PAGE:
Creative Brexit Culture Secretary

Who is the new culture secretary Karen Bradley and what does her appointment mean for the ad industry?


By Jennifer Faull, Deputy Editor

July 15, 2016 | 7 min read

Amid Theresa May’s radical shake-up of the cabinet yesterday, Karen Bradley was named secretary of state for culture, media and sport, prompting a collective “who?” from adland. As the dust settles that confusion is turning into concern as a former accountant-turned-politician with little visible interest in advertising will be responsible for an industry already battling the notion that creativity can be commoditised.


Who is Karen Bradley and what does she mean for the ad industry?

The question of “who exactly is Karen Bradley” is not surprising, given she has spent the last year as a relatively unknown minister in the Home Office with a remit that covered online abuse and exploitation.

While this may well have given her some experience and insight into the complex digital landscape, her seeming lack of interest in the creative arts has been pointed out by some political commentators wondering if she has what it takes to tackle the problems of the BBC, the controversial reforms to at least partially privatise Channel 4 and deal with the fallout of the new regulations on advertising foods high in fat, sugar and salt.

But, as Guardian writer Stephen Moss puts it: “In a way, it’s pointless complaining that our new culture secretary doesn’t go to the National Theatre every night and wouldn’t know her Arne from her Elgar. The arts 'community' are already bleating about this, but it’s ridiculous and a bit snooty. Ministers take on a brief, and hers is a ludicrously wide one. She has civil servants to guide her, and what we are really looking for is sound judgment and the ability to learn on the job.”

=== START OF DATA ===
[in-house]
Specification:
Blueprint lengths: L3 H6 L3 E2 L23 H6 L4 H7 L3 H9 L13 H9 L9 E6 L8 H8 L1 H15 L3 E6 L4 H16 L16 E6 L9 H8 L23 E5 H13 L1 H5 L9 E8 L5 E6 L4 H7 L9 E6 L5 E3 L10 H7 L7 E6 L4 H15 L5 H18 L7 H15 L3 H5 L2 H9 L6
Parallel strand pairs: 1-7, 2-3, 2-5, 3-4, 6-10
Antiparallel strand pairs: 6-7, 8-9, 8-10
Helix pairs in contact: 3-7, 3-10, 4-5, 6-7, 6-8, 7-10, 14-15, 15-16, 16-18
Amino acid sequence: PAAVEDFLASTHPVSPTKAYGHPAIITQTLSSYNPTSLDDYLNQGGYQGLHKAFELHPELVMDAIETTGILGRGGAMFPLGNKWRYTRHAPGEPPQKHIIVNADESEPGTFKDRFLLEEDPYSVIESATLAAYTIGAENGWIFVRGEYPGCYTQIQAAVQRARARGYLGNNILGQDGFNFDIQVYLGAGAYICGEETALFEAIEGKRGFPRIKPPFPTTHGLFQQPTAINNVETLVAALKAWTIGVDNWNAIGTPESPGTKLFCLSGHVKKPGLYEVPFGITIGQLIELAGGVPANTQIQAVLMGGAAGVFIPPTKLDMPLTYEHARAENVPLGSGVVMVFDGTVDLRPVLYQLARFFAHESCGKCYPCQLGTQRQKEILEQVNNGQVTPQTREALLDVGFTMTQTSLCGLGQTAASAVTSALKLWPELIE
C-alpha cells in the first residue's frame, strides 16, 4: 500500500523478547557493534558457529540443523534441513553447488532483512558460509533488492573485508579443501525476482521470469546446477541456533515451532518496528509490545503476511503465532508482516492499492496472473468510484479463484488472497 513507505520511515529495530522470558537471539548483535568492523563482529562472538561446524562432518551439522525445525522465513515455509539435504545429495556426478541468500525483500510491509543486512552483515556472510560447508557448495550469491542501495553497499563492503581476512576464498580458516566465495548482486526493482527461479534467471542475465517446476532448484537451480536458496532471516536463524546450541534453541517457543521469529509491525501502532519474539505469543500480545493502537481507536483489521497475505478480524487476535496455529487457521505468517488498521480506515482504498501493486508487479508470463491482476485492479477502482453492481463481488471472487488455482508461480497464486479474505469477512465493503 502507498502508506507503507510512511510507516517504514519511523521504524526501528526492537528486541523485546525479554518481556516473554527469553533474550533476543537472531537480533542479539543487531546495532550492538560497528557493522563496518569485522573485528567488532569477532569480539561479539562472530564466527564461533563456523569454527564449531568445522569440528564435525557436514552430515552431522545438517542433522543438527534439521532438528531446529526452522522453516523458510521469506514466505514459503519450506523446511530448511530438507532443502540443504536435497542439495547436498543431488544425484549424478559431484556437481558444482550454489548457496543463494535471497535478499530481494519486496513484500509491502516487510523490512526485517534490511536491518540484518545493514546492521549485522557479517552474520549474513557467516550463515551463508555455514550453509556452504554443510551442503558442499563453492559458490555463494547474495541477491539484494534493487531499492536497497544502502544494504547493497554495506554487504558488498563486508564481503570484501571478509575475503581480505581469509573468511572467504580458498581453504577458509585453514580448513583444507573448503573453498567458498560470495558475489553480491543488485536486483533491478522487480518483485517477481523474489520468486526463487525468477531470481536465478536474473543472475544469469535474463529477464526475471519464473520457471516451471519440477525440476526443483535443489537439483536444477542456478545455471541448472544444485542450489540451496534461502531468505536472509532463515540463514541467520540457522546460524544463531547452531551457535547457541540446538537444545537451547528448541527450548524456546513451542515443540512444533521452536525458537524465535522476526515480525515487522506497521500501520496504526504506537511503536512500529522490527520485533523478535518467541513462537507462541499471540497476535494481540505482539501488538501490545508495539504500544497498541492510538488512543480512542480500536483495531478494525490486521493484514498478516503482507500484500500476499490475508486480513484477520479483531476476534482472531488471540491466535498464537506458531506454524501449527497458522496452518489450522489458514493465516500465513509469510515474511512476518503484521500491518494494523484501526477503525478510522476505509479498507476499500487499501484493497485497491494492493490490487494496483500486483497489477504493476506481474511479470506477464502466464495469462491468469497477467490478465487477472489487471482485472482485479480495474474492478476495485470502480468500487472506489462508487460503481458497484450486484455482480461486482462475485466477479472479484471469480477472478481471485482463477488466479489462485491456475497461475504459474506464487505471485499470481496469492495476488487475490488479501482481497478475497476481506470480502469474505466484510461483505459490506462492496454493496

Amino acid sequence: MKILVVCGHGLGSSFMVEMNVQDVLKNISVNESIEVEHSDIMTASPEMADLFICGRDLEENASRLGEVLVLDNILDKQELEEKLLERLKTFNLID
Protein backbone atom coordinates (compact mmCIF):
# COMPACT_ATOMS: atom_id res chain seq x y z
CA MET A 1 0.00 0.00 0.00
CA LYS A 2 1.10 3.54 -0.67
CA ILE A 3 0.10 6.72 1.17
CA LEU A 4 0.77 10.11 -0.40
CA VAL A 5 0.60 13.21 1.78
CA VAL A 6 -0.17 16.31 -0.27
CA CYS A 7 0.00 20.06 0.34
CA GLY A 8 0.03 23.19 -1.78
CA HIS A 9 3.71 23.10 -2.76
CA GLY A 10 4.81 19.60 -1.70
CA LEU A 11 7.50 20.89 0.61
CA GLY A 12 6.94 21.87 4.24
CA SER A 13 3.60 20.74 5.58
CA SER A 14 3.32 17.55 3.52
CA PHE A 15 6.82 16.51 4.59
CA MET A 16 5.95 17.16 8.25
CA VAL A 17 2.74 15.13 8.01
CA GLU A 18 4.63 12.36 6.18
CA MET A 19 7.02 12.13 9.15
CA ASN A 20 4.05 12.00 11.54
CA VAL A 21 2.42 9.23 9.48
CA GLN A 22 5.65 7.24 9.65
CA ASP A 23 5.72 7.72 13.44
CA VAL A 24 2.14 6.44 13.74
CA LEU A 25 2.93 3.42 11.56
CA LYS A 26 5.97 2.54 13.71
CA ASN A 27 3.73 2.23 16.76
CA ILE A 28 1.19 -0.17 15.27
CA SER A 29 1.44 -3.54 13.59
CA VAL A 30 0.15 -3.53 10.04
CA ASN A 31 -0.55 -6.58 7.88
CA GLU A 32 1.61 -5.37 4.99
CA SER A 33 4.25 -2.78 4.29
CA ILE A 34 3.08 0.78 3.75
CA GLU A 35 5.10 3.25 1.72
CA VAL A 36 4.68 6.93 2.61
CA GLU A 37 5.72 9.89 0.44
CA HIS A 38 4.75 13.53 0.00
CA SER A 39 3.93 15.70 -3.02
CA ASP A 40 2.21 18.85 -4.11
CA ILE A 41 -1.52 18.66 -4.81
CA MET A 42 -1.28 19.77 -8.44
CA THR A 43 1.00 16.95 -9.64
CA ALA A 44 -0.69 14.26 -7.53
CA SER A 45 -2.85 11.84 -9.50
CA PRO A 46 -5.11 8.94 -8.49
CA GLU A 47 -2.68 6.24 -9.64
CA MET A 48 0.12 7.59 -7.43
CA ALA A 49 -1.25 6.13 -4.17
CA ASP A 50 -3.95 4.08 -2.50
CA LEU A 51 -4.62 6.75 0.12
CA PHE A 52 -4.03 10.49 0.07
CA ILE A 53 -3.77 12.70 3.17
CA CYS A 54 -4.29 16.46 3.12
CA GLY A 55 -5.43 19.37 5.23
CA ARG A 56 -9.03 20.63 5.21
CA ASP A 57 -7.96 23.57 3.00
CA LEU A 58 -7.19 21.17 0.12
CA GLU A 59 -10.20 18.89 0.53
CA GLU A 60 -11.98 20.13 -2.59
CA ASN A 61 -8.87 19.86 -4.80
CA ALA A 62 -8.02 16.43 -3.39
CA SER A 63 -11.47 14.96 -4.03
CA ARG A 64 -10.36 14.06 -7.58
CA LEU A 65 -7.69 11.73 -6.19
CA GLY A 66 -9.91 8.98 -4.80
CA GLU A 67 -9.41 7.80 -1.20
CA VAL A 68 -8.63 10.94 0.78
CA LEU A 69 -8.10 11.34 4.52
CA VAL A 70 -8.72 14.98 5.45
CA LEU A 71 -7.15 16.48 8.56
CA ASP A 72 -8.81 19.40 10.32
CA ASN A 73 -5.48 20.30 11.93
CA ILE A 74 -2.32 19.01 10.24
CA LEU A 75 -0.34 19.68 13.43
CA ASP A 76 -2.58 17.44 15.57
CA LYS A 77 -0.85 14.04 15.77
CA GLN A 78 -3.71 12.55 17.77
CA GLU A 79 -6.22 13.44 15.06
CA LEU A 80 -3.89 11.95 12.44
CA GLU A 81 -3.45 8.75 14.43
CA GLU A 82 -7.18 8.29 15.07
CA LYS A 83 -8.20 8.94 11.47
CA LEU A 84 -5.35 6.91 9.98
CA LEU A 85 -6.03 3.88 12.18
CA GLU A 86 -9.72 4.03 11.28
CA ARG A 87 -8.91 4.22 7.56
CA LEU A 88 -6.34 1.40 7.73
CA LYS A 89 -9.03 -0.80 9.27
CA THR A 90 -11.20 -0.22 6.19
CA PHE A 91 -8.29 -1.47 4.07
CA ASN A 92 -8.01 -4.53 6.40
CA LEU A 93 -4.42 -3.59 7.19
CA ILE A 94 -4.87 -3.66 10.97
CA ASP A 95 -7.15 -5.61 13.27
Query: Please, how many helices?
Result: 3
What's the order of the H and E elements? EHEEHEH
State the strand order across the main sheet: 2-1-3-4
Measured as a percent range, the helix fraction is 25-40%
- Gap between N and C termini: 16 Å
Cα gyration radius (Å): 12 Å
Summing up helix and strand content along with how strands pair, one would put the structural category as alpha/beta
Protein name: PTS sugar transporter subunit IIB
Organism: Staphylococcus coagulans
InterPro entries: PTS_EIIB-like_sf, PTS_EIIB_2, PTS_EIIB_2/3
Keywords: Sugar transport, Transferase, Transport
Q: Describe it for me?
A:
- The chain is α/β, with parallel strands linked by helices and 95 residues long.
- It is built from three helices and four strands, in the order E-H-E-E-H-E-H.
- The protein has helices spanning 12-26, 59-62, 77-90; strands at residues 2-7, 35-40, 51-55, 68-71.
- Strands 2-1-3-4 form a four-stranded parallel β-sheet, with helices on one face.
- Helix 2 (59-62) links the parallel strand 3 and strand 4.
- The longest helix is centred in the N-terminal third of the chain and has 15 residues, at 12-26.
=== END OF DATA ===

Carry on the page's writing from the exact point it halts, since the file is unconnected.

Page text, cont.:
According to her website, Bradley qualified as a chartered accountant and chartered tax adviser and spent nearly 20 years in business, working for two of the country's major accounting firms, and advising businesses on everything from tax to commercial strategy.

Her move into politics came when she acted as an independent technical adviser to the shadow Treasury team. Within a few short years was elected to parliament and is currently MP for Staffordshire Moorlands.

However, she has spent some time working with the Conservative Policy Unit on developing economic and fiscal policies – particularly those aimed at removing unnecessary regulation and red tape.

But, in comparison to her predecessor John Whittingdale – who prior to taking on the role had spent a decade chairing the Commons culture, media and sport select committee – her CV does seem lacking.

And it hasn’t gone unnoticed by the creative industries. Scott Knox, managing director of the Marketing Agencies Association expressed concern, telling The Drum: “A chartered accountant will be responsible for the BBC’s new charter, the review of Channel 4 and our industry's legislation as we exit the EU, marvellous. In a time when some corporations are trying their hardest to commoditise creativity, last thing we need is an accountant as our industry’s minister.

“I’m all for more of our politicians having ‘real’ jobs before entering the Commons but sadly, Ms Bradley appears to have no experience of our sector at all. I am hoping the first thing she will do is spend time with us to embrace what we do in this world leading sector.”